You can cut out the shape from the plastic top of a spray paint can to fit the indentation and glue it in place with contact cement. It will wear a long time---especially if you put a patch over it. All you need is a steady hand and an exacto knife.
I rebuilt a HR mouthpiece with waterweld after it was recommended here. I've also replaced the bite plate on a brass piece. It's very easy to work with and sticks well. I keep the repairs covered with a patch to protect them from my "beaver" teeth.
Waterweld wears very well if you put a patch over. It's certified by the US Food and Drugs Administration as safe for use in vessels containing drinking water, so you can be sure it's safe in your mouth. I wouldn't put normal JBWeld in my mouth.
Not sure I would want epoxy in my mouth. It's OK further down in the mouthpiece. Mojobari uses ordinary JB Weld for mouthpiece repair. Including chip repair on the tip, come to think of it. But it's a bit powdery and I think teeth would wear through it in no time.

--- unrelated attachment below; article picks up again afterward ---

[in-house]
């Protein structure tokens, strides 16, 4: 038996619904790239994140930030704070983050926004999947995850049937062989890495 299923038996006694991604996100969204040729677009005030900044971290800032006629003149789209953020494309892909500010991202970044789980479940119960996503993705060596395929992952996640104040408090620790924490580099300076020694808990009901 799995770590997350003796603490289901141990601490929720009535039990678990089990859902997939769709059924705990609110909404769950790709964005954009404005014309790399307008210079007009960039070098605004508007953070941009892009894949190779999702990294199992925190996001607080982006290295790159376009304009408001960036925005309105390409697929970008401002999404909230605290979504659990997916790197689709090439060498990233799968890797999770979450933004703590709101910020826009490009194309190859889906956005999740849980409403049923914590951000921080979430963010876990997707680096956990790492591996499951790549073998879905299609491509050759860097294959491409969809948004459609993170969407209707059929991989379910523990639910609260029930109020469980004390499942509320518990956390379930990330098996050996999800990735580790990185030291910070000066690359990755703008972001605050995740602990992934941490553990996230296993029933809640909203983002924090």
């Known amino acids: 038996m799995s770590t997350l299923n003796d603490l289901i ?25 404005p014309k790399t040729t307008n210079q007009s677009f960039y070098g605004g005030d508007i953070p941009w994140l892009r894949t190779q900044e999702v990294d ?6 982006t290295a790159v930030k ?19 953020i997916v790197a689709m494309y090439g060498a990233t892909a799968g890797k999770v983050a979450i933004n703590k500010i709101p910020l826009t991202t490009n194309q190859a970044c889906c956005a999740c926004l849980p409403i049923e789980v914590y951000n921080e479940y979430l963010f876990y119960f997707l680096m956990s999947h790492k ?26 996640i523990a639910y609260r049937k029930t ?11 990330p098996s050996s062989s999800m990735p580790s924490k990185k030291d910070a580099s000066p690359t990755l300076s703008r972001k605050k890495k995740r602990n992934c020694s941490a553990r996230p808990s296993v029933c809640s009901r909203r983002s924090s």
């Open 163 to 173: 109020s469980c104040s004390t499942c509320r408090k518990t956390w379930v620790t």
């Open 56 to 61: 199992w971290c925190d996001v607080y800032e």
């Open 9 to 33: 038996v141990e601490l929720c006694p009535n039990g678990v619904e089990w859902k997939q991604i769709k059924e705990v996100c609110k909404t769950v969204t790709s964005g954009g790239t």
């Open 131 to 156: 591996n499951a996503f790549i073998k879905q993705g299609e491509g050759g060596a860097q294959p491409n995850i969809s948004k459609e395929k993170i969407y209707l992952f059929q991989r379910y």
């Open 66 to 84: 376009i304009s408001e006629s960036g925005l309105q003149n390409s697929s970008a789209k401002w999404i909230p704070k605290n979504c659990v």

I've used old film canisters in the past. They aren't so readily available these days so something like John's suggestion might be good. But you have to be careful with plastics which can absorb or leech chemicals. Maybe try those black ice cream boxes?
I've known people to cut down an old mouthpiece and make an ebonite bite plate. It's a lot more work but you might prefer the result.
I guess you can carve them in ebonite from old mouthpieces or clarinet bells and have a "vintage" result.
Pillinger would use the same compounds ("resins") he uses for his mouthpieces, but I don't think it would be a cheap solution for just a couple of pieces.
Waterweld is probably the easiest solution. For myself I would use Milliput and a patch.
Manny - A couple of ideas.
1. you could make an ebonite plate from an old mouthpiece or from ebonite sheet .
2. you could use dental epoxy.
3. You could get a denture maker/repairer to do the job for you.
4. You could try one of those acrylic nail painting parlours.